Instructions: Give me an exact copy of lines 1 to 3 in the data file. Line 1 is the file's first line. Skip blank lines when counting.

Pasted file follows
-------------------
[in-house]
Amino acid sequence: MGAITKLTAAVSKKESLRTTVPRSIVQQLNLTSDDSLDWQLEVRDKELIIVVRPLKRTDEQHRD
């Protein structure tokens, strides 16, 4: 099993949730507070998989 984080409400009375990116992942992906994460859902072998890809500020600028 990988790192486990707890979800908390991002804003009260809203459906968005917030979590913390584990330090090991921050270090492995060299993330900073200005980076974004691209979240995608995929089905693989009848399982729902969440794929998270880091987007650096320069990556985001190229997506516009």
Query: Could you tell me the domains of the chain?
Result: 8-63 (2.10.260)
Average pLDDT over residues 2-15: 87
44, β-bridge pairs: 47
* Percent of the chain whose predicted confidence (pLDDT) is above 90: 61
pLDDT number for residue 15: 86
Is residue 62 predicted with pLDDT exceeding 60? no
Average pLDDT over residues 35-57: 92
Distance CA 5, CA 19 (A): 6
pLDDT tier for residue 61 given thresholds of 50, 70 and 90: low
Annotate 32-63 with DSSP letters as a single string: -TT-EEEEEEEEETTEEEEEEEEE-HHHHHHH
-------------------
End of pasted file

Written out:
[in-house]
Amino acid sequence: MGAITKLTAAVSKKESLRTTVPRSIVQQLNLTSDDSLDWQLEVRDKELIIVVRPLKRTDEQHRD
């Protein structure tokens, strides 16, 4: 099993949730507070998989 984080409400009375990116992942992906994460859902072998890809500020600028 990988790192486990707890979800908390991002804003009260809203459906968005917030979590913390584990330090090991921050270090492995060299993330900073200005980076974004691209979240995608995929089905693989009848399982729902969440794929998270880091987007650096320069990556985001190229997506516009």